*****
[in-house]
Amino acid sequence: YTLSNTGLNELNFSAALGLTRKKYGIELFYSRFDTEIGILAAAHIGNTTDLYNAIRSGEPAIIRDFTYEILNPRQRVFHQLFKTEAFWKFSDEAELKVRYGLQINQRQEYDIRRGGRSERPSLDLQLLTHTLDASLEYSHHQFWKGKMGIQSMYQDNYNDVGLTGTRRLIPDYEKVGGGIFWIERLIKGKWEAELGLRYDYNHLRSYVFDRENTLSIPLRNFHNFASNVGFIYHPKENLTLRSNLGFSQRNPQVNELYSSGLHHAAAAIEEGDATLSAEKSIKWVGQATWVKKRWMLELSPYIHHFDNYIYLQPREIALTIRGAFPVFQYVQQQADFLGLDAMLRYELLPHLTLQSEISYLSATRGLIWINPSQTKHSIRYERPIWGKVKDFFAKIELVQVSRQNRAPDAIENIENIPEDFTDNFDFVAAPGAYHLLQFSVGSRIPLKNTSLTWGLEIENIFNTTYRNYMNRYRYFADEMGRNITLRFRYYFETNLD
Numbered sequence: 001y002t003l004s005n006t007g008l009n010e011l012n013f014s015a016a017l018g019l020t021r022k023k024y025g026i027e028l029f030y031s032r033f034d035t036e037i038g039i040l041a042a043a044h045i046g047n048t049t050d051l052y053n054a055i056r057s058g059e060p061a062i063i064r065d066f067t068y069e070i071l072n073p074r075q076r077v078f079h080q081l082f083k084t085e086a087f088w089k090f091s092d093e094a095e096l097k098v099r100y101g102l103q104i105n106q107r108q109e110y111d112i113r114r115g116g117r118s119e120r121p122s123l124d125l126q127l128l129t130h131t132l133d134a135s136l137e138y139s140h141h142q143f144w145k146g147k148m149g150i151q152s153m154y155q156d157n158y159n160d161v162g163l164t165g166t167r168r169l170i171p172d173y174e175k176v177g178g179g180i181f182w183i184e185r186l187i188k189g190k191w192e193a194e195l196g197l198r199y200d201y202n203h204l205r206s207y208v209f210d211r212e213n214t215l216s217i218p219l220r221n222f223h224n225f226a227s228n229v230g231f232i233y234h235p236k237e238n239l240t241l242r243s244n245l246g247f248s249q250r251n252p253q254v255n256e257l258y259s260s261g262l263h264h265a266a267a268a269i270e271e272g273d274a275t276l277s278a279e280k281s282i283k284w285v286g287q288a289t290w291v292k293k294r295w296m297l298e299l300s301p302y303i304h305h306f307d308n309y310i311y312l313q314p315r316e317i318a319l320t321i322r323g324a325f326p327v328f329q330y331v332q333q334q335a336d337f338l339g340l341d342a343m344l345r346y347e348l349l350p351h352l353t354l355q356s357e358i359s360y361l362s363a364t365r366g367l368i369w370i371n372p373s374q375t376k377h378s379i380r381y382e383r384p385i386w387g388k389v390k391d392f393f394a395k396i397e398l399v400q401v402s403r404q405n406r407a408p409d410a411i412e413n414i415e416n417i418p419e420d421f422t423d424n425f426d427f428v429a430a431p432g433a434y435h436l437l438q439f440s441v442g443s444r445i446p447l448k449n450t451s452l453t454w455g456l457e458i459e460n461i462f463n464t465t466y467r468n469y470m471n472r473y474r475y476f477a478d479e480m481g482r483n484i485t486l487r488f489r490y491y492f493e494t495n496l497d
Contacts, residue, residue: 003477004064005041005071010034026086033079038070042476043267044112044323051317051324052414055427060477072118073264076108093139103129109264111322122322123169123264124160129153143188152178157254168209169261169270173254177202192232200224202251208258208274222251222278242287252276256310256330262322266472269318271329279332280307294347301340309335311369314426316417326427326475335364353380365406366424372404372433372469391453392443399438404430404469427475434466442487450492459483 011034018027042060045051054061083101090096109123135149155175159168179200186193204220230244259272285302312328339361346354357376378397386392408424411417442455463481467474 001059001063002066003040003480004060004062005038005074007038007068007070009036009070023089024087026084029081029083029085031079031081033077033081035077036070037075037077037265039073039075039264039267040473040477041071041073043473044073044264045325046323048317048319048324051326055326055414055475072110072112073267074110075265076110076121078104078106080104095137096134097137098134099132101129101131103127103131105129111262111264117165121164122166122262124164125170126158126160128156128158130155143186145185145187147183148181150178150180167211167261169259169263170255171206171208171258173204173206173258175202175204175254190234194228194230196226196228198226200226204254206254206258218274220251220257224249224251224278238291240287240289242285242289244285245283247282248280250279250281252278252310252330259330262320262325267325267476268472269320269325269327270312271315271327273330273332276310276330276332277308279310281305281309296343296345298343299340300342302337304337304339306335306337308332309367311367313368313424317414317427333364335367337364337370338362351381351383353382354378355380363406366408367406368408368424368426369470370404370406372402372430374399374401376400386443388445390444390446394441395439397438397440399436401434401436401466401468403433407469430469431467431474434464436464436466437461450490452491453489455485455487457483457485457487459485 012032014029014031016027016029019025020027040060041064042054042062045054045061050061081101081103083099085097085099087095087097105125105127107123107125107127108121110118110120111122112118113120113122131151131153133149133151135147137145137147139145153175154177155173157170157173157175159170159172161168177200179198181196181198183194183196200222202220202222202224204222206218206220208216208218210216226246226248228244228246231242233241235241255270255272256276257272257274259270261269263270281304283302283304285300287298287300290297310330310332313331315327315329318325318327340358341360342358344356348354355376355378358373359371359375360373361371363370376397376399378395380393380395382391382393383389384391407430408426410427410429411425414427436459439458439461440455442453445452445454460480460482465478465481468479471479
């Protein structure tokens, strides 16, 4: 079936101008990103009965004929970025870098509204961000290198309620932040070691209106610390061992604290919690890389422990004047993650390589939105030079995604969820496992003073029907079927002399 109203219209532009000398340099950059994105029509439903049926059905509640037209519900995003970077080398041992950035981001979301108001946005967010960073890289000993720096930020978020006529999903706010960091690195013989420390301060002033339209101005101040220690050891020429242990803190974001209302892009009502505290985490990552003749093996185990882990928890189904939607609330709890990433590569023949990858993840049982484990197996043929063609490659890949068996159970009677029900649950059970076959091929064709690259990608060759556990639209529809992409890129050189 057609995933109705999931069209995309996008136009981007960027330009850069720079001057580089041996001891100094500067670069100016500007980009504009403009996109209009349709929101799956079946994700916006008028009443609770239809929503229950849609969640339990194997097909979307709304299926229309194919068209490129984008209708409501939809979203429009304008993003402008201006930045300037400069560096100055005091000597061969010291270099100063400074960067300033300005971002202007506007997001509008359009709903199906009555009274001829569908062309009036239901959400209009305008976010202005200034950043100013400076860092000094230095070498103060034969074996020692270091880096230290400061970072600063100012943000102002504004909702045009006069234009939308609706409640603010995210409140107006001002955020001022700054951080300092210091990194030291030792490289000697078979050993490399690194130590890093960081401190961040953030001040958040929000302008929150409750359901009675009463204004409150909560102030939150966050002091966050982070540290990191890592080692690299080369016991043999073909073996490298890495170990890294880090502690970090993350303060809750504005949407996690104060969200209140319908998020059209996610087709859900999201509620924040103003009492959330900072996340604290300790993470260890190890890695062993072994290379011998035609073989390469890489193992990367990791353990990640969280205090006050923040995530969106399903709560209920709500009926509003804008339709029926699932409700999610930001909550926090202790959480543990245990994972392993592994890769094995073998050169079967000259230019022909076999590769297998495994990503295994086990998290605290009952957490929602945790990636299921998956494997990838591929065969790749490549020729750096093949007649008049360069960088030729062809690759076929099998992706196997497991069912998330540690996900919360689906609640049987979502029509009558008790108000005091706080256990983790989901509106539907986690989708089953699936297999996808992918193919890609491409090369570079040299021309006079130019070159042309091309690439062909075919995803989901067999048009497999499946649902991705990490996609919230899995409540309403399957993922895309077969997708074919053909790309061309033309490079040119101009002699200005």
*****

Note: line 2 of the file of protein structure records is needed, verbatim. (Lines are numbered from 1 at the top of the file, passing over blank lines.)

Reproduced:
Amino acid sequence: YTLSNTGLNELNFSAALGLTRKKYGIELFYSRFDTEIGILAAAHIGNTTDLYNAIRSGEPAIIRDFTYEILNPRQRVFHQLFKTEAFWKFSDEAELKVRYGLQINQRQEYDIRRGGRSERPSLDLQLLTHTLDASLEYSHHQFWKGKMGIQSMYQDNYNDVGLTGTRRLIPDYEKVGGGIFWIERLIKGKWEAELGLRYDYNHLRSYVFDRENTLSIPLRNFHNFASNVGFIYHPKENLTLRSNLGFSQRNPQVNELYSSGLHHAAAAIEEGDATLSAEKSIKWVGQATWVKKRWMLELSPYIHHFDNYIYLQPREIALTIRGAFPVFQYVQQQADFLGLDAMLRYELLPHLTLQSEISYLSATRGLIWINPSQTKHSIRYERPIWGKVKDFFAKIELVQVSRQNRAPDAIENIENIPEDFTDNFDFVAAPGAYHLLQFSVGSRIPLKNTSLTWGLEIENIFNTTYRNYMNRYRYFADEMGRNITLRFRYYFETNLD